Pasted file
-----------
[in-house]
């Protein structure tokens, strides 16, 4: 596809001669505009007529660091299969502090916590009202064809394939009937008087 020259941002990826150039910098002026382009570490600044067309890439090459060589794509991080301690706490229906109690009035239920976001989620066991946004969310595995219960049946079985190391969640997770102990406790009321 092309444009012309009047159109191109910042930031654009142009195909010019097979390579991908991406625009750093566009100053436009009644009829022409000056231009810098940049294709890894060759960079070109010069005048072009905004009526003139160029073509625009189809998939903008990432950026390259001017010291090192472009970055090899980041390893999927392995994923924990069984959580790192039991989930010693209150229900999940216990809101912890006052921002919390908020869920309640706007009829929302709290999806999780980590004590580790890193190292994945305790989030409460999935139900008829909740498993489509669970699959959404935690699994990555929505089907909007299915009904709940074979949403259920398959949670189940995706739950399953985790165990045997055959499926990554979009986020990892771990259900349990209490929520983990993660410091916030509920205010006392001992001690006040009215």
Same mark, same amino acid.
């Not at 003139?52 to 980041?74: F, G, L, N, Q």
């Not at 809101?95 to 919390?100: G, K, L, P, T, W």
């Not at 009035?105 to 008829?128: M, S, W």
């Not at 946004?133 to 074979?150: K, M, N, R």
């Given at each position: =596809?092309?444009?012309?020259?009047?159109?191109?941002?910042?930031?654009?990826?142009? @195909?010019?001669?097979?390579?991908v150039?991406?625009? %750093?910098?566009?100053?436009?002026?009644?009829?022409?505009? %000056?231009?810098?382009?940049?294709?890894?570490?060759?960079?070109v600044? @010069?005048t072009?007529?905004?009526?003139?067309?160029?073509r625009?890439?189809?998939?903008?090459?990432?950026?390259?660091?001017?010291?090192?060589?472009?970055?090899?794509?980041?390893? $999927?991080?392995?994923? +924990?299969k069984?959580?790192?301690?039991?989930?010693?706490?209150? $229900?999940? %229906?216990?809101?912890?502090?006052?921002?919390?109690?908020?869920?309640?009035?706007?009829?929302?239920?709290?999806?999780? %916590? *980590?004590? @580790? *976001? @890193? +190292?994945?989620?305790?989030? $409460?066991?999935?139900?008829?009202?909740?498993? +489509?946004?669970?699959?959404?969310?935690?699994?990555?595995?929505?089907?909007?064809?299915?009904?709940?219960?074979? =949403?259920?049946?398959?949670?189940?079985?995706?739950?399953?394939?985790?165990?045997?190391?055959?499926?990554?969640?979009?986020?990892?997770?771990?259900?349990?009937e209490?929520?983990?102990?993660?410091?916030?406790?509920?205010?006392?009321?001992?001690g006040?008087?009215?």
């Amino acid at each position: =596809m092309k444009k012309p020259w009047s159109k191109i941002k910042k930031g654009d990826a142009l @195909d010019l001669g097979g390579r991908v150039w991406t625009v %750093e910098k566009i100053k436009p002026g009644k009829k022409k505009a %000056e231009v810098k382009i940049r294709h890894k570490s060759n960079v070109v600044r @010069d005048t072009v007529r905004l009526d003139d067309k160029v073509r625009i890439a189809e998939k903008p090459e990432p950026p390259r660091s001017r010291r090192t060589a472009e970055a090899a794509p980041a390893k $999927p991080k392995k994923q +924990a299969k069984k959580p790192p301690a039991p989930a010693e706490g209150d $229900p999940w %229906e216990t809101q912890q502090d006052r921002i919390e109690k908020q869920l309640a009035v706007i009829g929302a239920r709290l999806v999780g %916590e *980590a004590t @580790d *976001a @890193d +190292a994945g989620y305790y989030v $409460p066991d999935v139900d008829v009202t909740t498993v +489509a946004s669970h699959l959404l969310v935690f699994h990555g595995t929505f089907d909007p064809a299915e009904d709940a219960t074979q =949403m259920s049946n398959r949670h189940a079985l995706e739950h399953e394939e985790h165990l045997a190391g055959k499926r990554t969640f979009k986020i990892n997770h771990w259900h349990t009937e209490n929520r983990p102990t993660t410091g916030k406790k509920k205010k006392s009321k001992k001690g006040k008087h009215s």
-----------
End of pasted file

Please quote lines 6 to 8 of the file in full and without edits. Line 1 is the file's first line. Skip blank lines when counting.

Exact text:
């Not at 009035?105 to 008829?128: M, S, W």
């Not at 946004?133 to 074979?150: K, M, N, R």
């Given at each position: =596809?092309?444009?012309?020259?009047?159109?191109?941002?910042?930031?654009?990826?142009? @195909?010019?001669?097979?390579?991908v150039?991406?625009? %750093?910098?566009?100053?436009?002026?009644?009829?022409?505009? %000056?231009?810098?382009?940049?294709?890894?570490?060759?960079?070109v600044? @010069?005048t072009?007529?905004?009526?003139?067309?160029?073509r625009?890439?189809?998939?903008?090459?990432?950026?390259?660091?001017?010291?090192?060589?472009?970055?090899?794509?980041?390893? $999927?991080?392995?994923? +924990?299969k069984?959580?790192?301690?039991?989930?010693?706490?209150? $229900?999940? %229906?216990?809101?912890?502090?006052?921002?919390?109690?908020?869920?309640?009035?706007?009829?929302?239920?709290?999806?999780? %916590? *980590?004590? @580790? *976001? @890193? +190292?994945?989620?305790?989030? $409460?066991?999935?139900?008829?009202?909740?498993? +489509?946004?669970?699959?959404?969310?935690?699994?990555?595995?929505?089907?909007?064809?299915?009904?709940?219960?074979? =949403?259920?049946?398959?949670?189940?079985?995706?739950?399953?394939?985790?165990?045997?190391?055959?499926?990554?969640?979009?986020?990892?997770?771990?259900?349990?009937e209490?929520?983990?102990?993660?410091?916030?406790?509920?205010?006392?009321?001992?001690g006040?008087?009215?």